Nicosia: Cyprus was Friday reconsidering a tax on bank deposits in “hard negotiations” with a troika of lenders after Russia spurned its plea for an economic lifeline in its race to stave off bankruptcy.
The European Union has given Nicosia until Monday to raise 5.8 billion euros ($7.47 billion) to unlock loans worth 10 billion euros or face being denied European Central Bank (ECB) emergency funds in a move that would collapse its economy.
EU sources have said the bloc is ready to eject Cyprus from the eurozone to prevent contagion of other debt-hit members such as Greece, Spain and Italy.
Long-time ally Russia too cold-shouldered its offer of investment proposals, leaving the country increasingly isolated even as German Chancellor Angela Merkel warned that the patience of its European partners was wearing thin.
The official CNA news agency cited an unnamed government source as saying Cyprus was looking to renegotiate a deal with the troika — the EU, ECB and International Monetary Fund — that includes a “haircut” on bank deposits, calling it the “best solution” under the circumstances.
Government spokesman Christos Stylianides said the government was locked in “hard negotiations with the troika” and that parliament would “soon be called upon to take the big decisions,” but did not elaborate.
He was referring to an emergency session of parliament expected later Friday to examine a raft of eight bills aimed at raising billions of euros to secure the vital bailout.
“The next few hours will determine the future of this country. We must all assume our responsibility,” Stylianides said as the government sought to cool a growing sense of anger and panic among Cypriots fearful that their life savings will disappear in the rubble of a banking collapse.
The “haircut” proposal was abruptly knocked back by MPs when they debated the bailout deal on Tuesday, in a resounding “no” vote that jolted global markets and raised fears of a debt contagion in the eurozone.
But Cyprus’s chamber of commerce and employers’ federation called on MPs to reconsider their opposition to a tax on bank deposits above 100,000 euros to rescue the island’s economy, which has been left reeling by a bank closure all this week and due to run until at least Tuesday.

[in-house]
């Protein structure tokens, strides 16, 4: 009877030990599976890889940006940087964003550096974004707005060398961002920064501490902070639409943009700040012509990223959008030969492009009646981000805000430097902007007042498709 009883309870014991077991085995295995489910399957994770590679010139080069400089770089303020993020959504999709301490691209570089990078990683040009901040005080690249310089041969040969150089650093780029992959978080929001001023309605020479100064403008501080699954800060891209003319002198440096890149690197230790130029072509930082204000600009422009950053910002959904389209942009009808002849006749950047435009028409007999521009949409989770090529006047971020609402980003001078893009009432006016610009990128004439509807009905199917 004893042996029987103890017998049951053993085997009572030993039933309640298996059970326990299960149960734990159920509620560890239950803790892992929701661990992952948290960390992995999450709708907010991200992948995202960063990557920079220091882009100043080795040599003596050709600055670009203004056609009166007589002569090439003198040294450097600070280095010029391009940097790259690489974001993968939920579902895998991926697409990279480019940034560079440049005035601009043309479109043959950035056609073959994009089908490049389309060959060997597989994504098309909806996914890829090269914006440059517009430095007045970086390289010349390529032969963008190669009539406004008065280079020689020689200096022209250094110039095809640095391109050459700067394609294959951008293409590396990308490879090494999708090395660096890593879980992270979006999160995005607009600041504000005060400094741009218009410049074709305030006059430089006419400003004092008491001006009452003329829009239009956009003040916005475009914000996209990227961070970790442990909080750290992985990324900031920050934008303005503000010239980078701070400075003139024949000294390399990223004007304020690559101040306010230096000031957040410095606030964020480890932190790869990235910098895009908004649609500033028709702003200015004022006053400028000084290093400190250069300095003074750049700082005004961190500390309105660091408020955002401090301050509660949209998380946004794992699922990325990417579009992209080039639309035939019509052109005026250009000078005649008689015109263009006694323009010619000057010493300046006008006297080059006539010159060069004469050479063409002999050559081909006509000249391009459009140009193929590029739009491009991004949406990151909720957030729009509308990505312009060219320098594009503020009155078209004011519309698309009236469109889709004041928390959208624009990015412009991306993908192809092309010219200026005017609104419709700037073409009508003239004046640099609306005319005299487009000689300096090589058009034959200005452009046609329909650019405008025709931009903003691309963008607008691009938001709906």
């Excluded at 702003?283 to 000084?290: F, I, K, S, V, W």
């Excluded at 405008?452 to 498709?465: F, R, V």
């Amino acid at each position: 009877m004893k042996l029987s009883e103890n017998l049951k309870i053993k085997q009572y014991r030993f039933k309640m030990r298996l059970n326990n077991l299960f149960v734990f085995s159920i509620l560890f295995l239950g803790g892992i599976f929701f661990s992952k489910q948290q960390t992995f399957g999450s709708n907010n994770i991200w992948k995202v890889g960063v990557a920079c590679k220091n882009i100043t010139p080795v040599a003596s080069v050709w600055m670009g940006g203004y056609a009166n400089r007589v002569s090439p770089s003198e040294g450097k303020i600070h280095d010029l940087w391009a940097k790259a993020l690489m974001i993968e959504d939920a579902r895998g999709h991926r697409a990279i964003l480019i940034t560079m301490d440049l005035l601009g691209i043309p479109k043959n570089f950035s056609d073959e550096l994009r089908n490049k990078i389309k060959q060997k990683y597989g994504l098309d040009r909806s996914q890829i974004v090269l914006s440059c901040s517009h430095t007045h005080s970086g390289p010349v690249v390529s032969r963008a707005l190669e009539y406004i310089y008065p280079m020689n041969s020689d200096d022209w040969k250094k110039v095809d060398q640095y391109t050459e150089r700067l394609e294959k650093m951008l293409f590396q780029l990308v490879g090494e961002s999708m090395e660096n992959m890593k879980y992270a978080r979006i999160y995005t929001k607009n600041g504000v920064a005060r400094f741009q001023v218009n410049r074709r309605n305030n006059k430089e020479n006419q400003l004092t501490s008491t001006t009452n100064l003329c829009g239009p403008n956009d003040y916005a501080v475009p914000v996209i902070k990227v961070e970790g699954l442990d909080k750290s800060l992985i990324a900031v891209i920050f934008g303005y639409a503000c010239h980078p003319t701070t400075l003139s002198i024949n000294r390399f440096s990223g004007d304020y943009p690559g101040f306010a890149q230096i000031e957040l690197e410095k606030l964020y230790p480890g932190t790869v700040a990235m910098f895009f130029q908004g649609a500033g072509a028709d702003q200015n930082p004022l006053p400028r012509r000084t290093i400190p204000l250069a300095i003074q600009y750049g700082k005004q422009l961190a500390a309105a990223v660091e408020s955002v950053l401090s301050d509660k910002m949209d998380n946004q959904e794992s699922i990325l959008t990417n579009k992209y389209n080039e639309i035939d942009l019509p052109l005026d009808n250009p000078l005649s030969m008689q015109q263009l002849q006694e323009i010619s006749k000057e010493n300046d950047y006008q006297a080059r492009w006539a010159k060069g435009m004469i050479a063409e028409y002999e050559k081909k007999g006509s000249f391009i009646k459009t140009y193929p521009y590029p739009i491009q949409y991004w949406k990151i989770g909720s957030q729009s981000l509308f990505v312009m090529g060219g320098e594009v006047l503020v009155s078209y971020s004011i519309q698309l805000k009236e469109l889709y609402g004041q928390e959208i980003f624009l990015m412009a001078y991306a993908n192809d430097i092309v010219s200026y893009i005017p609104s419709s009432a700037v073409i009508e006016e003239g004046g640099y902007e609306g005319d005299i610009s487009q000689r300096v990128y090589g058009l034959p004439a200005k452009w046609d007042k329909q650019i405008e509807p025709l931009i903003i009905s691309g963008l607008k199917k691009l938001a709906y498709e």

“The current situation is now affecting all sectors of the economy such as services, trade, industry and construction, it is no longer limited to the areas of financial services,” they warned.
“Businesses can no longer operate and there is a visible risk that many will be forced to temporarily suspend operations.”
The Bank of Cyprus and Popular Bank, the island’s two largest banks which are both in danger of collapse, also came out in favour of a rethink on the levy.
Some among a crowd of 200 protesters outside parliament, mostly employees of Laiki, or Cyprus Popular Bank, who face losing their jobs, also urged MPs to reverse their opposition to the tax.
“The right thing to do was to accept the haircut the way it was suggested then,” said bank worker Andreas Chrysafis.
The latest protest came ahead of an expected evening session of parliament to debate a raft of eight bills to give effect to the government’s reworked rescue plan.
One bill sets up an investment fund and the nationalisation of pension funds, with bonds issued against future natural gas revenues, while another prevents large outflows of capital from the country when banks reopen.
Eurogroup president Jeroen Dijsselbloem said he was awaiting fresh proposals from Nicosia to finalise its plan with the clock ticking down.
“The situation is very uncertain, we’re waiting for Cyprus to propose alternatives,” Dijsselbloem told the Netherlands’ ANP news agency.
German Chancellor Angela Merkel said in Berlin that she wanted Cyprus to remain part of the 17-member eurozone but warned it against “exhausting the patience of eurozone partners.”
Cyprus hopes of an economic lifeline from Russia proved to be illusory, and Finance Minister Michalis Sarris left Moscow on Friday after two days of talks without clinching an agreement.
Russian officials said two major state-owned energy firms had turned down deals proposed by Sarris to fill the 5.8-billion-euro shortfall left by the EU-IMF bailout offer.
“Our investors examined this issue and showed no interest,” Russian news agencies quoted Finance Minister Anton Siluanov as saying.
Prime Minister Dmitry Medvedev said later that Moscow “has not closed the door” on possible future assistance.
The third biggest Greek bank, Piraeus Bank is to acquire the Greek subsidiaries of the Bank of Cyprus and the Popular Bank to ensure the stability of their operations in Greece, a banking source said.
With the absorption, the subsidiaries become Greek banks and eligible for recapitalisation funds made available by the second bailout to Greece, rather than requiring Cyprus bailout money.